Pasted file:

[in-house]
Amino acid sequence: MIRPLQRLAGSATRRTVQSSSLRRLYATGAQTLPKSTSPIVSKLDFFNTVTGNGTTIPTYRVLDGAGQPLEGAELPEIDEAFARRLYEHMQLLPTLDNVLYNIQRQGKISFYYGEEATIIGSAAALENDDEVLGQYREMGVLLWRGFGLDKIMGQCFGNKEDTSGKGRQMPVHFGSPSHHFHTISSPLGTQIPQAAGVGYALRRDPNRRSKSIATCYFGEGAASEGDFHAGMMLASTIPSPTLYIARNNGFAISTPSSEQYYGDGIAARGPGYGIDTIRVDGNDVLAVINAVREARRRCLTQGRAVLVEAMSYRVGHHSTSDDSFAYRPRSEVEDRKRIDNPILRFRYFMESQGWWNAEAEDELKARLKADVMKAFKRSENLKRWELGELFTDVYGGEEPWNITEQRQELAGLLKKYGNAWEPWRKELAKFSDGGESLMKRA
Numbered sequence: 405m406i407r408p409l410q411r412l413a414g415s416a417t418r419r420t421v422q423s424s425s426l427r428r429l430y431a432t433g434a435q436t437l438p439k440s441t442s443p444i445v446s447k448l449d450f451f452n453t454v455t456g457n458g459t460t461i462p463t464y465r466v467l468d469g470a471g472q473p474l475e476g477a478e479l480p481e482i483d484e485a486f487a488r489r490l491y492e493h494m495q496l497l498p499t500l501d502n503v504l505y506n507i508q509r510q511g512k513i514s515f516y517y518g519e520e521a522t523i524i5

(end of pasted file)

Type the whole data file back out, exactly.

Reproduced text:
[in-house]
Amino acid sequence: MIRPLQRLAGSATRRTVQSSSLRRLYATGAQTLPKSTSPIVSKLDFFNTVTGNGTTIPTYRVLDGAGQPLEGAELPEIDEAFARRLYEHMQLLPTLDNVLYNIQRQGKISFYYGEEATIIGSAAALENDDEVLGQYREMGVLLWRGFGLDKIMGQCFGNKEDTSGKGRQMPVHFGSPSHHFHTISSPLGTQIPQAAGVGYALRRDPNRRSKSIATCYFGEGAASEGDFHAGMMLASTIPSPTLYIARNNGFAISTPSSEQYYGDGIAARGPGYGIDTIRVDGNDVLAVINAVREARRRCLTQGRAVLVEAMSYRVGHHSTSDDSFAYRPRSEVEDRKRIDNPILRFRYFMESQGWWNAEAEDELKARLKADVMKAFKRSENLKRWELGELFTDVYGGEEPWNITEQRQELAGLLKKYGNAWEPWRKELAKFSDGGESLMKRA
Numbered sequence: 405m406i407r408p409l410q411r412l413a414g415s416a417t418r419r420t421v422q423s424s425s426l427r428r429l430y431a432t433g434a435q436t437l438p439k440s441t442s443p444i445v446s447k448l449d450f451f452n453t454v455t456g457n458g459t460t461i462p463t464y465r466v467l468d469g470a471g472q473p474l475e476g477a478e479l480p481e482i483d484e485a486f487a488r489r490l491y492e493h494m495q496l497l498p499t500l501d502n503v504l505y506n507i508q509r510q511g512k513i514s515f516y517y518g519e520e521a522t523i524i5